“He was transfigured, then: not taking on what he was not, nor being changed to what he was not, but making what he was visible to his own disciples, opening their eyes and enabling them, who had been blind, to see. This is what the phrase means, “He was transfigured before their faces”; he remained exactly the same as he was, but appeared in a way beyond the way he had appeared before, and in that appearance seemed different to his disciples.”  (St John of Damascus, Light on the Mountain, p. 221)

“To speak of a ‘transfiguration of creation’ in such cases is clearly to speak from the viewpoint of human experience. Just as the transfigured Christ does not change in himself, but simply allows his disciples to briefly perceive him as he is, so it is with creation’s praise of God: it becomes perceptible only when humans have ears to hear.”  (Elizabeth Theokritoff, Living in God’s Creation, pp. 144-145)

Transfiguration: Seeing the Divine Glory

The 11th Century monk, Nikitas Stithatos,  comments on the Transfiguration of Christ (Matthew 17:1-9):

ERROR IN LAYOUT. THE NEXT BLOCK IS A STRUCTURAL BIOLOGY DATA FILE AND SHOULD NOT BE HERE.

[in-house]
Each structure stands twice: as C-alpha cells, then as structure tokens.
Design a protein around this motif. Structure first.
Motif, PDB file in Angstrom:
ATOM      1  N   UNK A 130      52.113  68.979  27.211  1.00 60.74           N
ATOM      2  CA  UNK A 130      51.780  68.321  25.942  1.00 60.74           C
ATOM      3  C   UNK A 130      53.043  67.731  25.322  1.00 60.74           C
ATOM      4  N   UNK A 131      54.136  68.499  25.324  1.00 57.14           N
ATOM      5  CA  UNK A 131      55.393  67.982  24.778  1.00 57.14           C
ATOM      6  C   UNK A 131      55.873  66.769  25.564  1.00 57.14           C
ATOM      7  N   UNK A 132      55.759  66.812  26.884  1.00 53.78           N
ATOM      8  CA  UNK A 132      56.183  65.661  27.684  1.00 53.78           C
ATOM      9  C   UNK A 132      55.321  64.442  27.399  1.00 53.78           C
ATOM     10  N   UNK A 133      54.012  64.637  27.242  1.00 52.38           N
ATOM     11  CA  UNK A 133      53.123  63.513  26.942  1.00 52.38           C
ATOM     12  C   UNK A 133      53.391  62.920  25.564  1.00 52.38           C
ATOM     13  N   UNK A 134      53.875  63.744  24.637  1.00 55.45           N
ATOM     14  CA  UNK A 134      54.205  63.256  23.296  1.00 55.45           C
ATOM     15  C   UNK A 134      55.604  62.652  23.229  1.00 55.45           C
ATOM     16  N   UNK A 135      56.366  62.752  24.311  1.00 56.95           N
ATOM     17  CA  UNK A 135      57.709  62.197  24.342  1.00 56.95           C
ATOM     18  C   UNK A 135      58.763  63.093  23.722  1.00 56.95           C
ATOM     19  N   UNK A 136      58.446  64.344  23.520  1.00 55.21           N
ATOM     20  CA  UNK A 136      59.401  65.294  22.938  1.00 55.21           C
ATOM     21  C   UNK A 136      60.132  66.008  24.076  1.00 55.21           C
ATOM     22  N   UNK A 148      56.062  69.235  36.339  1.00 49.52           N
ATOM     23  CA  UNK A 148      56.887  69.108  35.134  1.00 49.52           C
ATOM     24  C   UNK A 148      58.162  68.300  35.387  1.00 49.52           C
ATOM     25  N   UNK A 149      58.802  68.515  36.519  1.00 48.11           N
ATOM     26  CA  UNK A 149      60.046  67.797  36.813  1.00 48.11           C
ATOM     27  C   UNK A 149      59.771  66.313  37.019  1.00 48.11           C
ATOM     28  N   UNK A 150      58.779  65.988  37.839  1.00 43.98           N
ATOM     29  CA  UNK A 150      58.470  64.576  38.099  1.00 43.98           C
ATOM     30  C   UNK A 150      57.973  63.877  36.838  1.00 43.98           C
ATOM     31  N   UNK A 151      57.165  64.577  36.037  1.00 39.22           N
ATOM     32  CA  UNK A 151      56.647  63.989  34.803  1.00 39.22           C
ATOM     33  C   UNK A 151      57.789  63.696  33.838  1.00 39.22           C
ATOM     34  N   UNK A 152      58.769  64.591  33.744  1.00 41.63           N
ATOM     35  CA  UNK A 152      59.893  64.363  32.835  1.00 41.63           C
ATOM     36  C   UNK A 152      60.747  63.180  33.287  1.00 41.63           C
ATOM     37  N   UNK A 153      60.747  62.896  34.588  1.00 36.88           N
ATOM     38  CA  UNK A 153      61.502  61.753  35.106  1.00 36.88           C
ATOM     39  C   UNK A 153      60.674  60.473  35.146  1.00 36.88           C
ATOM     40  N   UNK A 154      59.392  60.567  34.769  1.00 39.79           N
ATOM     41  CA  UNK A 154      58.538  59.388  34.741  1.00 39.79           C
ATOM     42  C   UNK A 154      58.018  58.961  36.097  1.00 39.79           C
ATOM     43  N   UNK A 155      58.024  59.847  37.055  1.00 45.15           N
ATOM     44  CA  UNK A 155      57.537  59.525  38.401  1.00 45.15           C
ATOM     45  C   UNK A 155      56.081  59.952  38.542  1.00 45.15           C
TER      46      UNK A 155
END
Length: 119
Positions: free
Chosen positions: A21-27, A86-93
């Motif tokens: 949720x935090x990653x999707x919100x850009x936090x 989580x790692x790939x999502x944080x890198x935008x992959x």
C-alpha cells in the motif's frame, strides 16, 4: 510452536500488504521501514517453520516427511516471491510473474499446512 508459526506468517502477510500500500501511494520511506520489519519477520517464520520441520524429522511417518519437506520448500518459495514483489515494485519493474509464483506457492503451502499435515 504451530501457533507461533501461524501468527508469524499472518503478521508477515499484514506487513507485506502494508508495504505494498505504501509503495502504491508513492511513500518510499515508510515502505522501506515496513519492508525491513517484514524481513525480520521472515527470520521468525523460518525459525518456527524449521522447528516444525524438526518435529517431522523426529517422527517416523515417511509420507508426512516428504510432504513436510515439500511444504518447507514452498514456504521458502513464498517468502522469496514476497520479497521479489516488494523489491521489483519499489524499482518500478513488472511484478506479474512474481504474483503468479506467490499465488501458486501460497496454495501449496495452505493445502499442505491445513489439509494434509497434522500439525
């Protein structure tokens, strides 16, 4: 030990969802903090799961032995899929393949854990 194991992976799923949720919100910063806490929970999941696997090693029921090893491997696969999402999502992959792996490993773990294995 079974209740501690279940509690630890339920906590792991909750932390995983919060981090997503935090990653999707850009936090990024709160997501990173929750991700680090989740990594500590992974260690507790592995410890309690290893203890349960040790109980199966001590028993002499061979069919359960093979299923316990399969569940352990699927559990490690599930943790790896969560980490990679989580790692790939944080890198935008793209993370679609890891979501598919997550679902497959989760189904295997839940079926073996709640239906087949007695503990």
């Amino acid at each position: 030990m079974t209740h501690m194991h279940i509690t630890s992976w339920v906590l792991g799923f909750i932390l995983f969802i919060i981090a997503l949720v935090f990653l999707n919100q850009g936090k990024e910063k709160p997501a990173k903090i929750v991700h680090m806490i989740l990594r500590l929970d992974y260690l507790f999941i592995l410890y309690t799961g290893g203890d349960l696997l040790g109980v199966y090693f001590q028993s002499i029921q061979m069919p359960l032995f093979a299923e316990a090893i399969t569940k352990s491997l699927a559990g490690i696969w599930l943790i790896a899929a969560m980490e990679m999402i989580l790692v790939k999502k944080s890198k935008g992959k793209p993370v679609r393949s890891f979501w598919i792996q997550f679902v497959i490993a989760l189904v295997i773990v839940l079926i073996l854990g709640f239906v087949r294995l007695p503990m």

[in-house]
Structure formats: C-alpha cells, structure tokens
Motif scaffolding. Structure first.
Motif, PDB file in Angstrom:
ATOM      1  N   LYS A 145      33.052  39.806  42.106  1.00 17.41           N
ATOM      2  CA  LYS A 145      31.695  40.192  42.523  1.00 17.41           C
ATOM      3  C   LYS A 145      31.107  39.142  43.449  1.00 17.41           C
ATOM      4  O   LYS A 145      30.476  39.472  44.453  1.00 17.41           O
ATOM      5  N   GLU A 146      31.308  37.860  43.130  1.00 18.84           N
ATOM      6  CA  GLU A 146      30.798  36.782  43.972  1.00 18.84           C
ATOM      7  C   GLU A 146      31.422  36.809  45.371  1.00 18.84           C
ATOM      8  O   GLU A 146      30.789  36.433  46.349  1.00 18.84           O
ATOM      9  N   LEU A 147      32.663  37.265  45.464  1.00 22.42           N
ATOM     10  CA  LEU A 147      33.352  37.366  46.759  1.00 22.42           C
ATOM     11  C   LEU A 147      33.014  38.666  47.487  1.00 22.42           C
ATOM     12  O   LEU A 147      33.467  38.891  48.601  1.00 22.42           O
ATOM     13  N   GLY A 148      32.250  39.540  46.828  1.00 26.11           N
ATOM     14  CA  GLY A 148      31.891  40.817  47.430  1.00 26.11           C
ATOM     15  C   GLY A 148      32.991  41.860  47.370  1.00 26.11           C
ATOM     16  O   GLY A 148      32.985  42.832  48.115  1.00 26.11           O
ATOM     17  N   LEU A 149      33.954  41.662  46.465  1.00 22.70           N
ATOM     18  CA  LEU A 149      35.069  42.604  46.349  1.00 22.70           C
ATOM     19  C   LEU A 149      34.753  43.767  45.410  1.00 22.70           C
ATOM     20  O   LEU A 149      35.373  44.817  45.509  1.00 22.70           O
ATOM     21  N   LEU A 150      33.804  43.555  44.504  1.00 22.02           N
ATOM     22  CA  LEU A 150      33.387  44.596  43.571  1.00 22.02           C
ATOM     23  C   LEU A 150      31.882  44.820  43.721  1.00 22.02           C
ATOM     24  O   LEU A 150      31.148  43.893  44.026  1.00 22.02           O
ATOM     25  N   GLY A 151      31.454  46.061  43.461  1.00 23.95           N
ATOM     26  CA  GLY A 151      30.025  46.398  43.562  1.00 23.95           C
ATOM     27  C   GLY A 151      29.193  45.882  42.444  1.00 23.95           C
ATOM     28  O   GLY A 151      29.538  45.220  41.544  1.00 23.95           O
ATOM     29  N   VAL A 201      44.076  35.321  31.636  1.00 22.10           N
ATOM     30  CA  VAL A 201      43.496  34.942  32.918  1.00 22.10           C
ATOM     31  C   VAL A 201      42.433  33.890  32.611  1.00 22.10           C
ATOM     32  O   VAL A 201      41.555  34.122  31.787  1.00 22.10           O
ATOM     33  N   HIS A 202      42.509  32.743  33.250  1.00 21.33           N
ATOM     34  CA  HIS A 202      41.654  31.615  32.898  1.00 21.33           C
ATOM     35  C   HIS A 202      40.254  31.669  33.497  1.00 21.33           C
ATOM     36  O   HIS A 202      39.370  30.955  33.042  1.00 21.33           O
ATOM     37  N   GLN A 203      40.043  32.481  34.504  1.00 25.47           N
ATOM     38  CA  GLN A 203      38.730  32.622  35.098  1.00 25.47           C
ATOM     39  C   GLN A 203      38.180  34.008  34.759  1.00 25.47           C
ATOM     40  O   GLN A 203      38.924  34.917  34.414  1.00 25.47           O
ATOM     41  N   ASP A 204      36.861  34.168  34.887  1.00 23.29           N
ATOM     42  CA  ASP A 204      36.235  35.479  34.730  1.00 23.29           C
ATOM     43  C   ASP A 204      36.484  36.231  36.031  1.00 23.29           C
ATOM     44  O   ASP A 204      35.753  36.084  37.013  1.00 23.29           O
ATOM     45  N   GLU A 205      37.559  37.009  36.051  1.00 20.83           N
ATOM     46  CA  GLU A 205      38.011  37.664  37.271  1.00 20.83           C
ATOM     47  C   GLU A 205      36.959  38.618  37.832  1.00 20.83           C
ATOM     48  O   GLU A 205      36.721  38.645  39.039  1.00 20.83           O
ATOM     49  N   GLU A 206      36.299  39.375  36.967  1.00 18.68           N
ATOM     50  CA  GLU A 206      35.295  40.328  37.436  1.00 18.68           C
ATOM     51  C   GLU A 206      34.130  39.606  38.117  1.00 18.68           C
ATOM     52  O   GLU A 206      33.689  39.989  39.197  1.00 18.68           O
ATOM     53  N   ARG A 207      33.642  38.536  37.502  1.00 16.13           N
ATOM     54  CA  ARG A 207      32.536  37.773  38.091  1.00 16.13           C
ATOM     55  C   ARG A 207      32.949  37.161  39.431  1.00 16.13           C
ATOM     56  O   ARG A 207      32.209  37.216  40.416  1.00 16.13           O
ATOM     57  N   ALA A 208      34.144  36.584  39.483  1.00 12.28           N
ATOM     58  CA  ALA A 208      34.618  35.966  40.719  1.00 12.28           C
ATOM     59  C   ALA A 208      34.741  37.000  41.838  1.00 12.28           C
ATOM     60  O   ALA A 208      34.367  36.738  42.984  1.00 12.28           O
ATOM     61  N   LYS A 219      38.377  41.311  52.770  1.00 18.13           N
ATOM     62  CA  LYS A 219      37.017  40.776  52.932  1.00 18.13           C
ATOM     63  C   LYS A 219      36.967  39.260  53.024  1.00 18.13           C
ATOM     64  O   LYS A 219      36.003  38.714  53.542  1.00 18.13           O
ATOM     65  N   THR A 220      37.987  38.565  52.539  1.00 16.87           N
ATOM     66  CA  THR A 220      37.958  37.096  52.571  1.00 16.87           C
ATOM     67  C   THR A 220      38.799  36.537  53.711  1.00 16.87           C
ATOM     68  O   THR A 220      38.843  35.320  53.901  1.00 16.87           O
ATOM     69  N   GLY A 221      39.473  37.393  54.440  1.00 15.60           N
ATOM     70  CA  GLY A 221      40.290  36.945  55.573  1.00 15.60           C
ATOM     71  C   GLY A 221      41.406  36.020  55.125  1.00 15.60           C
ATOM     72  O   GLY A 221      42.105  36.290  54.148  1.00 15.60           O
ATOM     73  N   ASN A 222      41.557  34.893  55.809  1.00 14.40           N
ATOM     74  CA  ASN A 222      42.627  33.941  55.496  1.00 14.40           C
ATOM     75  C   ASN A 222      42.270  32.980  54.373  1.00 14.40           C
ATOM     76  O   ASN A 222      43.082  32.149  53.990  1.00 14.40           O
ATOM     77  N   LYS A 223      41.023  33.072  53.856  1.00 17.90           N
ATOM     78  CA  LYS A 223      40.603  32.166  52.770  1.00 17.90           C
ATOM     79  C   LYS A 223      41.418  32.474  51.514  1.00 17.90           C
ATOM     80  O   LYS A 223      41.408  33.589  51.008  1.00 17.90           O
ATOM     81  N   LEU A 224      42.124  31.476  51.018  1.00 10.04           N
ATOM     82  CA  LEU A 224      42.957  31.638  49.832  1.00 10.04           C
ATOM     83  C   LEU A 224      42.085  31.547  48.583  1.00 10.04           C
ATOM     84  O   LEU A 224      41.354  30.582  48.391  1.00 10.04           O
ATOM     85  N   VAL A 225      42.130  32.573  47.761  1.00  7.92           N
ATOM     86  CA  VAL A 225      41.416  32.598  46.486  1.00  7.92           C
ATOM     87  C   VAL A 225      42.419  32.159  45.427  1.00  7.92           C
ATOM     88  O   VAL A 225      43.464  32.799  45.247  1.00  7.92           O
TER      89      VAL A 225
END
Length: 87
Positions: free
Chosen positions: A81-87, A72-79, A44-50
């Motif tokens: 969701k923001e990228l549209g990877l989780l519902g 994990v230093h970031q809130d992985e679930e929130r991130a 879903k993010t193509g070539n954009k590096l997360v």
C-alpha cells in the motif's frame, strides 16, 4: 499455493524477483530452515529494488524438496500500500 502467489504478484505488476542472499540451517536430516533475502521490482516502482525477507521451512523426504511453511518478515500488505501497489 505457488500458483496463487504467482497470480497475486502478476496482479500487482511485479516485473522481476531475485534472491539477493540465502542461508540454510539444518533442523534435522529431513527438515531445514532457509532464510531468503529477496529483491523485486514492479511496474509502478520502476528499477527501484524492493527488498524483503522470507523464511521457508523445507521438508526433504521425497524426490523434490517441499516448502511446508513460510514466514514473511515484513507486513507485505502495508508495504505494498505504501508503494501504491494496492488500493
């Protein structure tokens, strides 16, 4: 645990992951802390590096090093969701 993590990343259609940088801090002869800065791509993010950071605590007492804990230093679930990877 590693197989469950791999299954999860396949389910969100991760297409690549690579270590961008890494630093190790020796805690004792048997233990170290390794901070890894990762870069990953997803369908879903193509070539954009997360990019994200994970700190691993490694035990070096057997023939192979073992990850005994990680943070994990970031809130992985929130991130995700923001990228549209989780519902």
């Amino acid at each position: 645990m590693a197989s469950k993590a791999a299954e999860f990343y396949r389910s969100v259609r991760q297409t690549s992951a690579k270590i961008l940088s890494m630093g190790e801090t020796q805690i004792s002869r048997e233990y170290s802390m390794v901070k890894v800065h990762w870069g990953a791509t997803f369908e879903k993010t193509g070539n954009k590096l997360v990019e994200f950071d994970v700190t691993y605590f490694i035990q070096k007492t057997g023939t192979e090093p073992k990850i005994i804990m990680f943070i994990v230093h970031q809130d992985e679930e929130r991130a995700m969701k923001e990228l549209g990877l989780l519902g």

For those who like Peter have advanced in faith, and like James have been restored in hope, and like John have achieved perfection in love, the Lord ascends the high mountain of theology and is transfigured (cf. Matt. 17:1). Through the disclosure and expression of His pure teaching He shines upon them as the sun, and with the intellections of His unutterable wisdom He becomes radiant with light. They see the Logos standing between Moses and Elijah – between law and prophecy – promulgating the law and teaching it to them, and at the same time revealing to them through vision and prophecy the depths and the hidden treasures of wisdom. The Holy Spirit overshadows them like a luminous cloud, and from the cloud they hear the voice of mystical theology, initiating them into the mystery of the tri-hypostatic Divinity and saying, ‘This is My beloved, the Logos of perfection made manifest, in whom I take delight. Become for Me perfect sons in the perfect Spirit’ (cf. Matt. 17:1-5).    (THE PHILOKALIA, Kindle 39072-39082)